Recap: Author and philosopher Kwame Anthony Appiah at Vanderbilt’s Annual Lawson Lecture

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Recap: Author and philosopher Kwame Anthony Appiah at Vanderbilt’s Annual Lawson Lecture

Udit Malik

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On September 29th, Vanderbilt University held the 13th Annual Lawson Lecture, featuring guest speaker Dr. Kwame Anthony Appiah. Named after Reverend James Lawson, a non-violent activist who was expelled from Vanderbilt during the Civil Rights Movement and invited back to the university in 2006, the Lawson Lecture focuses on issues of diversity and inclusion. 

Drawing on his expertise as a professor of law and philosophy at NYU, and as the acclaimed author of “The Lies That Bind: Rethinking Identity, ” Dr. Appiah gave a lecture titled “Identity at home and in the wider world” to an enthusiastic crowd in Langford Auditorium.

Dr. Appiah began his talk with an introduction to his identity, discussing how being a brown-skinned man with a British accent has led to strangers asking him curious questions about his ethnicity. Dr. Appiah synthesized his theory of identity into three central tenets. First, every identity is associated with labels, and people need some notions about why and to whom the labels should be applied. Secondly, identity shapes our thoughts and behavior, helping us feel solidarity with a social group. Thirdly, identity affects how others treat us, and defines hierarchies of status and class.

He then talked about human prejudices, which stem from humans being more likely to accept generic sentences as true if they involves a reason for worry, citing the vicious cycle of belief that Islam and terrorism are connected. Switching to the issue of class segregation, he insisted that the vast majority of humanity is not exceptional at anything, but must realize that treating this apparent mediocrity as a reason for dejection would be ethically erroneous. Identities are affected by capacities, circumstances, and challenges unique to us, and the goal, therefore, should be striving for personal perfection instead of objective perfection.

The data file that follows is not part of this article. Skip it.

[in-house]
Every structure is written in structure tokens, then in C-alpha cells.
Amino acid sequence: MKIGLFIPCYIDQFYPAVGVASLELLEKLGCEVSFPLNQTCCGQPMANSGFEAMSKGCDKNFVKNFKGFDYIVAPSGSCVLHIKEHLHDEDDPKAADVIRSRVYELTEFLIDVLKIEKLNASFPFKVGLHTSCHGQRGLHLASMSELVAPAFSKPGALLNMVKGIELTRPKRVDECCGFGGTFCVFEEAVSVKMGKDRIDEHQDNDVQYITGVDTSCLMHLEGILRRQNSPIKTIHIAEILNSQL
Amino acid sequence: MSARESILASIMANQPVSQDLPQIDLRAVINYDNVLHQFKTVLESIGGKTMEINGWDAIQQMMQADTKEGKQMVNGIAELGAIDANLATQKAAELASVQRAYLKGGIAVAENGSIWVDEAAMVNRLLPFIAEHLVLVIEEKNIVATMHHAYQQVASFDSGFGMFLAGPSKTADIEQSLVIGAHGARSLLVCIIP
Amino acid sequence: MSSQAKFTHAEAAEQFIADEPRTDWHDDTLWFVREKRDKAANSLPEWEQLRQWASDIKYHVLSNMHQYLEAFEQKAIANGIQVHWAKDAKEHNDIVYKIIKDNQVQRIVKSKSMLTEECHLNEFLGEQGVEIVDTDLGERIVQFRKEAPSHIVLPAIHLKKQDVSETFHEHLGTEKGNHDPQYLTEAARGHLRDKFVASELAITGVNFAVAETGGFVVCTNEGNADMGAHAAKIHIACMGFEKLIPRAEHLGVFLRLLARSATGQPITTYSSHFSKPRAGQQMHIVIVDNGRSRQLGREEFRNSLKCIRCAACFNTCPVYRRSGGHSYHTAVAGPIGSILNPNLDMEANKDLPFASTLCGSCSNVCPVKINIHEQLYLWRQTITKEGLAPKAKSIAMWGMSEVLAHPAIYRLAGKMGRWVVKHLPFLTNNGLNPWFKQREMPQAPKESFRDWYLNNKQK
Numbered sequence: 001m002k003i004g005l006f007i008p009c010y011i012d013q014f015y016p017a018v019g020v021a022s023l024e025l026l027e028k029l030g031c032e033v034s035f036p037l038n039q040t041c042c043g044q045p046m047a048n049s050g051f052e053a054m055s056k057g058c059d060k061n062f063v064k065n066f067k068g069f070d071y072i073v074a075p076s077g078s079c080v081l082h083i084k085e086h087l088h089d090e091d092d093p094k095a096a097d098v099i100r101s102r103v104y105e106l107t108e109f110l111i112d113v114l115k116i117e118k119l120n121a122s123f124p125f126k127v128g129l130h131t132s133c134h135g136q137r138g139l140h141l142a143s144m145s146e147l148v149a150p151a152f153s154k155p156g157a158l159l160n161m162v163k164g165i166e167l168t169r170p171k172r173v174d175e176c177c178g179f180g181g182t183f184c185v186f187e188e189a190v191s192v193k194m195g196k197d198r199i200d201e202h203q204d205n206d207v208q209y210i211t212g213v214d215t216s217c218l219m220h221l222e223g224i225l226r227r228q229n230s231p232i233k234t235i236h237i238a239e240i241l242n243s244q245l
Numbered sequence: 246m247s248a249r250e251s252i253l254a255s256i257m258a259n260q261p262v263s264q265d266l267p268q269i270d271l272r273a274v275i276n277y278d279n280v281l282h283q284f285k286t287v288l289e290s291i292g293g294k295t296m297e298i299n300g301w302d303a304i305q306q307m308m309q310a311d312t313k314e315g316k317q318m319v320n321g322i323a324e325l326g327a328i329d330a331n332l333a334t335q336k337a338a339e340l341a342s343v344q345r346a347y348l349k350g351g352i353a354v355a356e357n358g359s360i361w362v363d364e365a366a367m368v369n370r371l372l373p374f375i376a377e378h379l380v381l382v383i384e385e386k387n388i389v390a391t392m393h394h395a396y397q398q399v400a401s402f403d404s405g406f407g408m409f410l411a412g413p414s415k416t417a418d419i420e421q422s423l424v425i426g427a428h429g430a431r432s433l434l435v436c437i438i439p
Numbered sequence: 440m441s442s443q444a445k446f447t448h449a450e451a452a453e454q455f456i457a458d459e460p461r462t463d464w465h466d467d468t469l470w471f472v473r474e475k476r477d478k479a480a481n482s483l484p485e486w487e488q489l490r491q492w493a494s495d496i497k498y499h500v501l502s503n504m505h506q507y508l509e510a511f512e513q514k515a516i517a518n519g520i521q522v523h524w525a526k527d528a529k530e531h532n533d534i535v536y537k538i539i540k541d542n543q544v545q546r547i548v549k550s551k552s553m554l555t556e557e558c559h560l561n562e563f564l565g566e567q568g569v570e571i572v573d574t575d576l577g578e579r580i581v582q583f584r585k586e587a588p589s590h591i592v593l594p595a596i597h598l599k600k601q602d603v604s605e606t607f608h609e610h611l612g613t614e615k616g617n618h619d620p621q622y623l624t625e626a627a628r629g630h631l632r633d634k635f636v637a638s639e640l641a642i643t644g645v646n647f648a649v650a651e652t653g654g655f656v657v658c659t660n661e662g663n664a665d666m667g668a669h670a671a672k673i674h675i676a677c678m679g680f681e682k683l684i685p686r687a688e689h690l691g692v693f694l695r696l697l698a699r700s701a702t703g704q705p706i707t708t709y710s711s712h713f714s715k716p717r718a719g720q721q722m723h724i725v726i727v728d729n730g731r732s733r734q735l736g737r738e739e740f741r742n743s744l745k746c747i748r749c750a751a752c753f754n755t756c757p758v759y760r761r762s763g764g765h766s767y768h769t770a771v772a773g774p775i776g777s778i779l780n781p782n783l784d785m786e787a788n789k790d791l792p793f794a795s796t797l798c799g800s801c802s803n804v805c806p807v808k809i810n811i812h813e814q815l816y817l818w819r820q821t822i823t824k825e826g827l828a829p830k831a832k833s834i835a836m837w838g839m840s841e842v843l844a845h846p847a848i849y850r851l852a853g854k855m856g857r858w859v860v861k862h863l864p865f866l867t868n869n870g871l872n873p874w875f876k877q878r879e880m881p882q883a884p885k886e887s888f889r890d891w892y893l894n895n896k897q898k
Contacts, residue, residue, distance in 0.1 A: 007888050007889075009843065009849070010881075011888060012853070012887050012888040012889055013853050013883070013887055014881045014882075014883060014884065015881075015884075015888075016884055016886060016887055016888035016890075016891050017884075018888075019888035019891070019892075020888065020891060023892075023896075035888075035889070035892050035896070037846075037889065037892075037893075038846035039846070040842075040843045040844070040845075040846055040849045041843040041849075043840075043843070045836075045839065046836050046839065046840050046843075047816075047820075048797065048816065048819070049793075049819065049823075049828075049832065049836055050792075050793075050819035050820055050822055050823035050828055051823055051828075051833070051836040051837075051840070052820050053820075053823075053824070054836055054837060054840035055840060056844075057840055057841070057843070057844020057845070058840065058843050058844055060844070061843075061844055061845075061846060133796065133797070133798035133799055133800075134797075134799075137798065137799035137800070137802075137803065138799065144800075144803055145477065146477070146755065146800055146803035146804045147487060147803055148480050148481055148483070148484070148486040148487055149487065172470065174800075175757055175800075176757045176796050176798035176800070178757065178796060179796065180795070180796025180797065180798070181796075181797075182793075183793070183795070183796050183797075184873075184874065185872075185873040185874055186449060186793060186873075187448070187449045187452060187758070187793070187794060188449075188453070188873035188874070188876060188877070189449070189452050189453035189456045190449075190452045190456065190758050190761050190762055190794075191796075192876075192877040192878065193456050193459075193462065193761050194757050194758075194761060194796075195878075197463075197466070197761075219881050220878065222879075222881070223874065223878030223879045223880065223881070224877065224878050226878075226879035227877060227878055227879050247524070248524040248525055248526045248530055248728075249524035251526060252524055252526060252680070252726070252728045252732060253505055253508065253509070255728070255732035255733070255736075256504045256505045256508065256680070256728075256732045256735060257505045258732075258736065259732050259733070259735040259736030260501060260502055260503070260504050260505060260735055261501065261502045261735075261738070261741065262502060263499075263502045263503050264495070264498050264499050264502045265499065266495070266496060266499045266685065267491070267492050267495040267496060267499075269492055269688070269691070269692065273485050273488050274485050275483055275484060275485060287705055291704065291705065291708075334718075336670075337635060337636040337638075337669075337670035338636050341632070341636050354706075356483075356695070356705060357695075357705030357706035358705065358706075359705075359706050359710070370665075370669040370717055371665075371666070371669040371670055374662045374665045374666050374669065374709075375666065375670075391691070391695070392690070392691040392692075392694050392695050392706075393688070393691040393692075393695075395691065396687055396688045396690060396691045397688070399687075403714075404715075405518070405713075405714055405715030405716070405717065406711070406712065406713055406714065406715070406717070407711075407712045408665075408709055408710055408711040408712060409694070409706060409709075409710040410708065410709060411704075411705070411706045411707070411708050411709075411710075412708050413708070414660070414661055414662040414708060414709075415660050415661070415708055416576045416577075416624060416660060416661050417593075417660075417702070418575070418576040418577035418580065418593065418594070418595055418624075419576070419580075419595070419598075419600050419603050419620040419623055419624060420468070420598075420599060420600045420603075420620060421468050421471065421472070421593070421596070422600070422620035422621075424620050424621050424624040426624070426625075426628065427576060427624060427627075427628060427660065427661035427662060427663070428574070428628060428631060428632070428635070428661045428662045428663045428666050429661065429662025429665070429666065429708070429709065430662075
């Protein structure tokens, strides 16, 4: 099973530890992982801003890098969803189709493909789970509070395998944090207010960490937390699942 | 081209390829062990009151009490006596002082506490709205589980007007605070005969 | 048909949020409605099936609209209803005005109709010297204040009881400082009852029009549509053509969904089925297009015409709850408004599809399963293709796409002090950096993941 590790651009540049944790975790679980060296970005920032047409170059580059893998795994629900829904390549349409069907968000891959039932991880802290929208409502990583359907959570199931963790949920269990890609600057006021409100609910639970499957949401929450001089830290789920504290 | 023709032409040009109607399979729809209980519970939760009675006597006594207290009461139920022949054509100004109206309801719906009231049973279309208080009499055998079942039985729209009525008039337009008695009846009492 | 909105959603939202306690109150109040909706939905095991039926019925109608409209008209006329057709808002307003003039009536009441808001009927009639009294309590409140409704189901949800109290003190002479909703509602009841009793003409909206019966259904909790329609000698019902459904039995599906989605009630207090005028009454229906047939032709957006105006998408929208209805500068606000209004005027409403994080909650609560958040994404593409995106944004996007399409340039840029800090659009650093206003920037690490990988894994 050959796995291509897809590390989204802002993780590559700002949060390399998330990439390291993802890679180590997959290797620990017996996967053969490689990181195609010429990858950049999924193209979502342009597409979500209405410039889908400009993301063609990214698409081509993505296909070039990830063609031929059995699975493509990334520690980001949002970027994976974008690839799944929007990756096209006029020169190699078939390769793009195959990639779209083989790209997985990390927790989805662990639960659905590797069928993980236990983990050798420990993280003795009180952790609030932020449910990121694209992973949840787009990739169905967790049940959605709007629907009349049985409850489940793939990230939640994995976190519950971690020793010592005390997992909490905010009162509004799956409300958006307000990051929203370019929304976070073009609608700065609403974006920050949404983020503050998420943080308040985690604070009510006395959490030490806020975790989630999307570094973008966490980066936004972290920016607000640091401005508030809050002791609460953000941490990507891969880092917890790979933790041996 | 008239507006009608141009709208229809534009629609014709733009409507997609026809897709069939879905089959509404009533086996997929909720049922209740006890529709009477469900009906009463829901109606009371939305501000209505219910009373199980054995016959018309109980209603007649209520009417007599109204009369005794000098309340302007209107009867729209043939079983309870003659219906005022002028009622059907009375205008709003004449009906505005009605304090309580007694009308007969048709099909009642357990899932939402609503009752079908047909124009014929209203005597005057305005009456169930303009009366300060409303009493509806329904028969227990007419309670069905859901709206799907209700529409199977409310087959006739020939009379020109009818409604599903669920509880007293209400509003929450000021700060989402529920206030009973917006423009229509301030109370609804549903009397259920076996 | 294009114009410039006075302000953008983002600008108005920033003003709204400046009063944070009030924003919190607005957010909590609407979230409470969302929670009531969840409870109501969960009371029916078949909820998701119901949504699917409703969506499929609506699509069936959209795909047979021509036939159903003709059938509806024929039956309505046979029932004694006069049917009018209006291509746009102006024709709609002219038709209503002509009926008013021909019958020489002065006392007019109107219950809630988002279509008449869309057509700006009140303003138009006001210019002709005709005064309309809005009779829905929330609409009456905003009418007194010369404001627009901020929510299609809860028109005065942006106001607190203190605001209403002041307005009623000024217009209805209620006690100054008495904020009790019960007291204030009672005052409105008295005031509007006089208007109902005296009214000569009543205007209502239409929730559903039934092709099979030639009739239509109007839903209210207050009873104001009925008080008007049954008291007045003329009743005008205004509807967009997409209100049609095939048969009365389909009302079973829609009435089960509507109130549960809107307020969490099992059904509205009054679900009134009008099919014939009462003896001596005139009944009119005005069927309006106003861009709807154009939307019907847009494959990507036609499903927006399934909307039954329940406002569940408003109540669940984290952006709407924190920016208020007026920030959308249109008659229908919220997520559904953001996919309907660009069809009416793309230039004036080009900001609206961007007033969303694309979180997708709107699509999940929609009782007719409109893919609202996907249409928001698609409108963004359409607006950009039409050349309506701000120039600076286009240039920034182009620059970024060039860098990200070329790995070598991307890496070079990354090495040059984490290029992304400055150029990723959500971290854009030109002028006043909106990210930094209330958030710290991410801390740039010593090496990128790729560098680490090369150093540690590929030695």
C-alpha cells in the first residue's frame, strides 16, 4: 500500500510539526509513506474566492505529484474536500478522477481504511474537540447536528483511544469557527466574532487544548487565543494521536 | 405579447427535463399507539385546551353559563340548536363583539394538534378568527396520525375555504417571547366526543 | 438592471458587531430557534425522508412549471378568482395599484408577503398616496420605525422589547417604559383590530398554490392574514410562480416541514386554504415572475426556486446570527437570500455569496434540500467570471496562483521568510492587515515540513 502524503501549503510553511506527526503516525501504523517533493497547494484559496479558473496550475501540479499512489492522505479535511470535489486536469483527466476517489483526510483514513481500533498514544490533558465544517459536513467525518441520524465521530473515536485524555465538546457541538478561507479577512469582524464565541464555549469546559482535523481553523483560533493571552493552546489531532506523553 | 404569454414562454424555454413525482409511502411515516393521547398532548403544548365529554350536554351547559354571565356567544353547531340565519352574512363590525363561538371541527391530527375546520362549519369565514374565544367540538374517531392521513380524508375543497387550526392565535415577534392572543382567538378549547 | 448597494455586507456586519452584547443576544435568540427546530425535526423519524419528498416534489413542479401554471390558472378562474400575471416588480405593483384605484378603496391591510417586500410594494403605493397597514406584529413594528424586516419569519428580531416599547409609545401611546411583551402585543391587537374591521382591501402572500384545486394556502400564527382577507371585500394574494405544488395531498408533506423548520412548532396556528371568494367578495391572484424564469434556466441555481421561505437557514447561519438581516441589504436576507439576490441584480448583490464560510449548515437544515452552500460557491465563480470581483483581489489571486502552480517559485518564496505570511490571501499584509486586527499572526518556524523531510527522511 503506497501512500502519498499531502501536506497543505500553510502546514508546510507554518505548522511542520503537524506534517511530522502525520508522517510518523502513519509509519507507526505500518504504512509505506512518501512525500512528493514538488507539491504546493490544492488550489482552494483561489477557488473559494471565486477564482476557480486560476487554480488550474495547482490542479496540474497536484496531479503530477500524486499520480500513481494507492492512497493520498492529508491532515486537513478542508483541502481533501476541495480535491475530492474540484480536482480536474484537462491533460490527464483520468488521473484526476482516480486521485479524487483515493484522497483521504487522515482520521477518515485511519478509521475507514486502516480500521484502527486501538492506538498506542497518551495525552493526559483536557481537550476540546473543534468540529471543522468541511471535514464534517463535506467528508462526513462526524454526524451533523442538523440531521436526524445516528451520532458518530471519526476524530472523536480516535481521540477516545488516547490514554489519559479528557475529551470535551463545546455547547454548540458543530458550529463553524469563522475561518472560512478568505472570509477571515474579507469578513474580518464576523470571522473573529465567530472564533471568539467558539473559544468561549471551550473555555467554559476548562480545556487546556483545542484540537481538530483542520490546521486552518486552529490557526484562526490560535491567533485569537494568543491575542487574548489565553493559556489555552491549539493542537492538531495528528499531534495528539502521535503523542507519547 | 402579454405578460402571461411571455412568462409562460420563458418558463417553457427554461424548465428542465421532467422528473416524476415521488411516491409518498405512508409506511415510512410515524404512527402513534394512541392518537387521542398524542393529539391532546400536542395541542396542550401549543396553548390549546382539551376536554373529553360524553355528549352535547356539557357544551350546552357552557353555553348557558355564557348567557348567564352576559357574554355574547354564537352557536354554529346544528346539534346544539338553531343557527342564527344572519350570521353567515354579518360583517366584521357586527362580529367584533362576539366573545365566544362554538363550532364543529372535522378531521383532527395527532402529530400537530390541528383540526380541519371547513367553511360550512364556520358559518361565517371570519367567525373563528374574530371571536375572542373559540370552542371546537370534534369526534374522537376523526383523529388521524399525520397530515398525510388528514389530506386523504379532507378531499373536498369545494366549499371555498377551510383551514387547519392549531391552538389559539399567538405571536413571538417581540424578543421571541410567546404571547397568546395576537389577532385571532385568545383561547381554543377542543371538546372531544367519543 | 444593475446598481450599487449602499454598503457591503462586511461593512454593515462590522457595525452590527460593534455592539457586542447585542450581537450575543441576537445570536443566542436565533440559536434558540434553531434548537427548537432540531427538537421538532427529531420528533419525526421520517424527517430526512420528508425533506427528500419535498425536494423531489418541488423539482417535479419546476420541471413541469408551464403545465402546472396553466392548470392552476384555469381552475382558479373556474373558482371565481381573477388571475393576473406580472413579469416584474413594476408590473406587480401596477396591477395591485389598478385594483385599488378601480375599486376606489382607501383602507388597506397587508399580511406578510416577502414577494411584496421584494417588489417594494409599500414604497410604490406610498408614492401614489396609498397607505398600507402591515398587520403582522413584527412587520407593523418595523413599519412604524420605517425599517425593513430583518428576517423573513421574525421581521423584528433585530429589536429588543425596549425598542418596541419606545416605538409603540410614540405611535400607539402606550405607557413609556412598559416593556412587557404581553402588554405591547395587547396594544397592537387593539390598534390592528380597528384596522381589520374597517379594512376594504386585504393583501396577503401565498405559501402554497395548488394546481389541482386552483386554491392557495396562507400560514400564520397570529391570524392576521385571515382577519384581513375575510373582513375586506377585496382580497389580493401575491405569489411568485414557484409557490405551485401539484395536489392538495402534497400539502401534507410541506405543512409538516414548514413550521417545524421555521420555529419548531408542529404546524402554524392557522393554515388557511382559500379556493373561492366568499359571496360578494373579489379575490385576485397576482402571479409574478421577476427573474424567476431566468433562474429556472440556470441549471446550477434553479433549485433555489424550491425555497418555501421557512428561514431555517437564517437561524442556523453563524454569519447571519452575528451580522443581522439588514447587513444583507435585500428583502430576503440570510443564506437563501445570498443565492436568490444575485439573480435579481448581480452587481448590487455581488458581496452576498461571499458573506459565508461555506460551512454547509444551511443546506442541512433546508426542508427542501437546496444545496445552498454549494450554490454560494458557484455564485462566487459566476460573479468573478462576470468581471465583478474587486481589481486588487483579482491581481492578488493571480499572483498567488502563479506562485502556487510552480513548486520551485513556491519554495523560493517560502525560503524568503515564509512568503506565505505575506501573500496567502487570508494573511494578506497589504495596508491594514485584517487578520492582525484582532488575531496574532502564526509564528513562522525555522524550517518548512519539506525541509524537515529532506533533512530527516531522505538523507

Dr. Appiah also addressed the impact of political identity, and how partisanship now precedes ideology, giving the example of a lifelong Republican who held an anti-Russia stance, but was recently seen holding a sign which read “I’d rather be a Russian than a Democrat.” Appiah argued that party identification isn’t an opinion anymore, but an identity, to the extent that even in a progressive society where interracial marriages are becoming normal even in conservative households, around 30-60% of adults today strongly prefer marrying someone in their political party. A recent survey he cited failed to predict people’s ideologies by asking how they felt about issues affecting America; instead, their opinions on political identities (like liberals and conservatives) fared much more effective.

He ended the lecture with a clip from the British comedy-drama series Skins, where Anwar, a Muslim teenager, is scared of introducing his gay friend, Maxxie, to his father. Anwar’s father, however, puts his beliefs aside to invite Maxxie for dinner, admitting that he doesn’t understand many things but trusts his God to explain them to him someday. Dr. Appiah insisted that conversation, thus, can generate commitments of togetherness that transcend even serious disagreements. This “contact hypothesis,” according to Appiah, can reduce prejudices by a large extent if opposing groups come together to pursue activities with a shared goal in conditions of mutual dependency.

In the open Q&A session, Dr. Appiah responded to queries about the possibility of living without identity, and reconciling individuality with collectivism. He talked about the role of identity groups in social organization which connects us to strangers simply through a shared construct like nationality, gender etc. He presented two choices to make an identity distinctive: to reject it completely, or modulate it with dimensions like things we choose to pursue. One student, controversially, spoke about his strong religious beliefs and called out homosexuality as a sin. Dr. Appiah gave a calm, collected response about respecting beliefs and being compassionate, which ended the evening with a standing ovation from the student body.